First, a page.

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Classics, Ancient History, Religion and Theology

Photo of Professor Esther D. Reed

Professor Esther D. Reed

BA (Hons), PhD (Dunelm)

Professor of Theological Ethics


01392 723249


Esther D. Reed joined the Department of Theology and Religion in 2007. Previously, she taught for ten years at the University of St Andrews including one semester as the visiting O'Connor Professor at Colgate University, NY (Spring 2007). She is President of the UK Society for the Study of Christian Ethics Sept 2018-August 2021.

Esther's research and teaching are broadly in theological ethics and moral philosophy, with particular focus on un)just war reasoning and weapons control, prospects for jus in silico, and the future of military ethics. 

She has particular research interests in

  • (Un)just war reasoning in the 21st century
  • The ethics of moral injury
  • Deterrence in an age of unpeace
  • Ethics and artificial intelligence
  • Theology and criminal justice
  • Dietrich Bonhoeffer
  • Theological ethics as biblical hermeneutics

She has 'lead' supervised 15+ research students to successful completion of PhDs, and 5+more to Masters by Research and MPhil awards. She open to talking with prospective students about their areas of interest.  

Esther's book The Limit of Responsibility: Engaging Dietrich Bonhoeffer in a Globalizing Era (T & T Clark, August Bloomsbury 2018) was published recently.  Responsibility is not a new topic in Christian ethics but too many accounts are delimited to the immediately personal. What’s needed in Christian ethics is a theologically informed theory of responsibility capable of grappling adequately with the new features of the problem of responsibility and reformulating the concept in ways that

  • exceed agent-causality-consequence definitions that presuppose tight causal links between the agent’s actions and their effects
  • face the temptation to relinquish the question of responsibility because, amidst the realities of globalization, the consequences of one’s own actions appear vanishingly small
  • reckon with the unintended or unknown negative effects of actions on phenomena elsewhere
  • make space for the additional concepts needed for the exercise of responsibility today: uncertainty, risk, solidarity, institutions, the future
  • reverse the agent-act-consequence sequence to an understanding of responsibility that originates in You, that is learned from Christ and neighbor. 

Esther has given numerous invited lectures including for the University of Bonn, the Berlin-Brandenburg Academy of Sciences; XII International Bonhoeffer Congress in Basel; New York Seminary; and University of Leuven. 

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My research life began with a study of the political theology of Dorothee Soelle. Her work inspired me to study the pathologies of the modern era through the lens of G.W.F. Hegel's construal of the master/slave dialectic and theory of recognition. After completion of the PhD, I concentrated on relations between Hegel and Schleiermacher and on some of Schleiermacher's early political writings and hermeneutic theory.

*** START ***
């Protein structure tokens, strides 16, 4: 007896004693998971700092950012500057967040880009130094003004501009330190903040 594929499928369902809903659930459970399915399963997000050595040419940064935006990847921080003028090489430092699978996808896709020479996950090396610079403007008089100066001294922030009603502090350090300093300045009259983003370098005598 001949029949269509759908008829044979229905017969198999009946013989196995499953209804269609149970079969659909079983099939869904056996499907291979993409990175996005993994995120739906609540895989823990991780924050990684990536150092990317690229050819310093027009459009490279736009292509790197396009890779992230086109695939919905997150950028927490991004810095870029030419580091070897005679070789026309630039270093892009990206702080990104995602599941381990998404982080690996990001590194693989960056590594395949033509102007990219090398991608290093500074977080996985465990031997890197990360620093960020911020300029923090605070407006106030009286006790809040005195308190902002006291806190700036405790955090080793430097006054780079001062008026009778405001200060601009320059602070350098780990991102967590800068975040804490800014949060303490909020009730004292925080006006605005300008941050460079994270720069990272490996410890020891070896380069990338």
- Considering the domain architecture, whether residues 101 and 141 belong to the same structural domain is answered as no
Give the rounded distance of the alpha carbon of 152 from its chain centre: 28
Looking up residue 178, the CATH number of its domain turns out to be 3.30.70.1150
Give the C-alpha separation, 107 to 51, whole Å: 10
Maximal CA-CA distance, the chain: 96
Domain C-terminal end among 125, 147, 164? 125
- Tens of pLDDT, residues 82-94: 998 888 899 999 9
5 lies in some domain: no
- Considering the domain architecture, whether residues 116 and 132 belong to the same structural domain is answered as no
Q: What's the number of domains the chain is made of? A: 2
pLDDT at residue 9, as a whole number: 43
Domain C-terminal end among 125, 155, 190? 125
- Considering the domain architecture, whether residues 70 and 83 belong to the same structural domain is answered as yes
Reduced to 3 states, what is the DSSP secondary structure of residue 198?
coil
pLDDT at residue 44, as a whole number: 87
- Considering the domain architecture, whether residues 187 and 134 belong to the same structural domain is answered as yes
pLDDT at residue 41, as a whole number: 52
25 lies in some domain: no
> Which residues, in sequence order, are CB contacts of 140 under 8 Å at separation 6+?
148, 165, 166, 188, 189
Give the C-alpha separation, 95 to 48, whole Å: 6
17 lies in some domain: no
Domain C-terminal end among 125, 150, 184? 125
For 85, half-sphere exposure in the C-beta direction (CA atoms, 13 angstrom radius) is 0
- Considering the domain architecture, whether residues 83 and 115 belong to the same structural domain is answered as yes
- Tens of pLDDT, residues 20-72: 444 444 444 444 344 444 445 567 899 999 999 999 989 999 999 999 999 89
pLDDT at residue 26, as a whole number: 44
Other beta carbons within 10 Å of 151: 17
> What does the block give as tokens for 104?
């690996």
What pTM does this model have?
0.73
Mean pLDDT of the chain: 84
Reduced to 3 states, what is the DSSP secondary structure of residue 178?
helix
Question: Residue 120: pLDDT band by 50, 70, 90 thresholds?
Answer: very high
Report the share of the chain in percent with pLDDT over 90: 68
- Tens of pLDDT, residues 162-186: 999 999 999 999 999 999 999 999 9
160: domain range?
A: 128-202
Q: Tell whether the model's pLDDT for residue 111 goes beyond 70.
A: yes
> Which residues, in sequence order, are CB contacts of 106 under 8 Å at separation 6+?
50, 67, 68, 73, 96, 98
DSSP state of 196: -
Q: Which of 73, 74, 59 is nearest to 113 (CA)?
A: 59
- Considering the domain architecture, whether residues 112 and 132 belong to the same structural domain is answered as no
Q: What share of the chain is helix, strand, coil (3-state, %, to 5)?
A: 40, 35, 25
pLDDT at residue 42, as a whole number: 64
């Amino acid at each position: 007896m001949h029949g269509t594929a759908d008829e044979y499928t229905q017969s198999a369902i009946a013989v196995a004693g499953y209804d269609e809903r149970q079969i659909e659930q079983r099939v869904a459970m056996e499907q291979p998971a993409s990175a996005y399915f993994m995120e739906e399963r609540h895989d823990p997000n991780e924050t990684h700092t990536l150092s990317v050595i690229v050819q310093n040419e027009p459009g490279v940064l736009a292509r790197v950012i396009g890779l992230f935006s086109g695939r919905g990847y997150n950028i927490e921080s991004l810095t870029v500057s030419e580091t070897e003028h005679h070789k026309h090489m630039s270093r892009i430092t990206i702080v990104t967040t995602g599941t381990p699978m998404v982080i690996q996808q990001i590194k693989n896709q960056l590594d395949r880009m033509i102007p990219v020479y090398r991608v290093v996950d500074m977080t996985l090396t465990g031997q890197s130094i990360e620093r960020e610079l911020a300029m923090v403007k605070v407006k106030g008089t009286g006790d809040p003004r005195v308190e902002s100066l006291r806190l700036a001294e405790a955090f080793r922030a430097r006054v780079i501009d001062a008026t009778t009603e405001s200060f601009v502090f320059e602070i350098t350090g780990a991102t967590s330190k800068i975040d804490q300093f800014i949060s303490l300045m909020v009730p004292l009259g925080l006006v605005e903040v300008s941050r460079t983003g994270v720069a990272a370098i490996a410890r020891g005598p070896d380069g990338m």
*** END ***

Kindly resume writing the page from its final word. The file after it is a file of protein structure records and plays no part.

The journey then became a more focussed study of the systematic theological foundations of Christian ethics and moral reasoning. The Genesis of Ethics: On the Authority of God as the Origin of Christian Ethics (2000/2002) is a response to the challenge of radical, post-Christian feminists that the authority of God is the problem of Christian ethics not its answer. Using Mikhail Bakhtin's idea of authoring, the book explores connections between divine authoring and authority. Christian ethics is understood in terms of the answerability of God's Word.

The Ethics of Human Rights: Contested Doctrinal Problems (2007) offers an account of 'right', 'rights' and 'Christ the measure of natural rights' that seeks to support Christian people who use human rights instruments in diverse practical and legal contexts. Following Dietrich Bonhoeffer's starting point for discussion of natural rights, namely, Ecce Homo! 'Behold the Man' (Jn 19:5), the book argues that neither antagonism nor indifference are the only options available to Christian people in dialogue with, or working with, secularist approaches to human rights. A tropological reading of Genesis 9:1-17, God's covenant with Noah, is developed as a means of asking how the bible challenges, directs and gives substance to critical Christian engagement with human rights discourse.

Written at a time when many secularist theorists seem variously unable or unwilling to denounce torture as wrong, Theology for International Law (2013) offers a systematic engagement with contemporary issues of international law and its relevance for modern theology. Christian theology is familiar with questions about the relation of church and state, divine and human law, but little attention has been devoted to questions of international law. This book discusses challenges to classic just-war thinking from so-called fourth generation warfare, peoples and nationhood within divine providence, the ethics of territorial borders and the militarization of human intervention. 

The Limits of Responsibility: Engaging Dietrich Bonhoeffer in a Globalizing Era (2018) addressed the problem that Christian ethicists are ill equipped to think about questions of responsibility that extend beyond a tightly drawn agent-act causality nexus. The discipline is familiar with the topic of consumption where implications for action lead fairly directly to the need for lifestyle changes respect to food and clothing, whether or not to travel, whether to buy books electronically, renovating furniture rather than buying new, and such like. This book is about moral reasoning when relationships between agent, act and its consequences are often untraceable.